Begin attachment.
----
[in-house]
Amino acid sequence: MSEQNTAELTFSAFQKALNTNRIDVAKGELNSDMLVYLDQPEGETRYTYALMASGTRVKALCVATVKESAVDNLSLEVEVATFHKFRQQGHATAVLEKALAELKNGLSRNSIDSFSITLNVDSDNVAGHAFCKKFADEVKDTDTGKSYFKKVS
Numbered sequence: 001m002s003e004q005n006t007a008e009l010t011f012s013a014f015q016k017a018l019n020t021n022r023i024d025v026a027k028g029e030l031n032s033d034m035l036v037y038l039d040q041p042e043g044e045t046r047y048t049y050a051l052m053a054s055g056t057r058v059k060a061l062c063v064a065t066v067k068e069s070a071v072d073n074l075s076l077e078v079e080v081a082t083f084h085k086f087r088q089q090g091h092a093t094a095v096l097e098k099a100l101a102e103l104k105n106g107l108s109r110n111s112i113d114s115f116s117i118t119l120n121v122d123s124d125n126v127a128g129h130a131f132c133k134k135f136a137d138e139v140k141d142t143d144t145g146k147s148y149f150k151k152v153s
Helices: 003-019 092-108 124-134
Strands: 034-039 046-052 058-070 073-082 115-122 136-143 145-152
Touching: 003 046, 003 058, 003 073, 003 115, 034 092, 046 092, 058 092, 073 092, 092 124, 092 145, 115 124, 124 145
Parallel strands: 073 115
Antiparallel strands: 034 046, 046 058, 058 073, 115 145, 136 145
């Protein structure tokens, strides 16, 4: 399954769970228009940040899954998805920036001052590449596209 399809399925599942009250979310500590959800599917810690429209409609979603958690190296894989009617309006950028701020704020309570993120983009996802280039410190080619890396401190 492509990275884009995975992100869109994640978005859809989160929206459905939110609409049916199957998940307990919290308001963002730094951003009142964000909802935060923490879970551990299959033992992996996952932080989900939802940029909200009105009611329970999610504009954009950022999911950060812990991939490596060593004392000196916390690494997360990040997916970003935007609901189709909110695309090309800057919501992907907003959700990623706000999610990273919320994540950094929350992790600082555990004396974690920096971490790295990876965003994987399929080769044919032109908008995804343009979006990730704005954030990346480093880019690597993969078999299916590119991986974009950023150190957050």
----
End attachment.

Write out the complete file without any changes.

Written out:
[in-house]
Amino acid sequence: MSEQNTAELTFSAFQKALNTNRIDVAKGELNSDMLVYLDQPEGETRYTYALMASGTRVKALCVATVKESAVDNLSLEVEVATFHKFRQQGHATAVLEKALAELKNGLSRNSIDSFSITLNVDSDNVAGHAFCKKFADEVKDTDTGKSYFKKVS
Numbered sequence: 001m002s003e004q005n006t007a008e009l010t011f012s013a014f015q016k017a018l019n020t021n022r023i024d025v026a027k028g029e030l031n032s033d034m035l036v037y038l039d040q041p042e043g044e045t046r047y048t049y050a051l052m053a054s055g056t057r058v059k060a061l062c063v064a065t066v067k068e069s070a071v072d073n074l075s076l077e078v079e080v081a082t083f084h085k086f087r088q089q090g091h092a093t094a095v096l097e098k099a100l101a102e103l104k105n106g107l108s109r110n111s112i113d114s115f116s117i118t119l120n121v122d123s124d125n126v127a128g129h130a131f132c133k134k135f136a137d138e139v140k141d142t143d144t145g146k147s148y149f150k151k152v153s
Helices: 003-019 092-108 124-134
Strands: 034-039 046-052 058-070 073-082 115-122 136-143 145-152
Touching: 003 046, 003 058, 003 073, 003 115, 034 092, 046 092, 058 092, 073 092, 092 124, 092 145, 115 124, 124 145
Parallel strands: 073 115
Antiparallel strands: 034 046, 046 058, 058 073, 115 145, 136 145
């Protein structure tokens, strides 16, 4: 399954769970228009940040899954998805920036001052590449596209 399809399925599942009250979310500590959800599917810690429209409609979603958690190296894989009617309006950028701020704020309570993120983009996802280039410190080619890396401190 492509990275884009995975992100869109994640978005859809989160929206459905939110609409049916199957998940307990919290308001963002730094951003009142964000909802935060923490879970551990299959033992992996996952932080989900939802940029909200009105009611329970999610504009954009950022999911950060812990991939490596060593004392000196916390690494997360990040997916970003935007609901189709909110695309090309800057919501992907907003959700990623706000999610990273919320994540950094929350992790600082555990004396974690920096971490790295990876965003994987399929080769044919032109908008995804343009979006990730704005954030990346480093880019690597993969078999299916590119991986974009950023150190957050």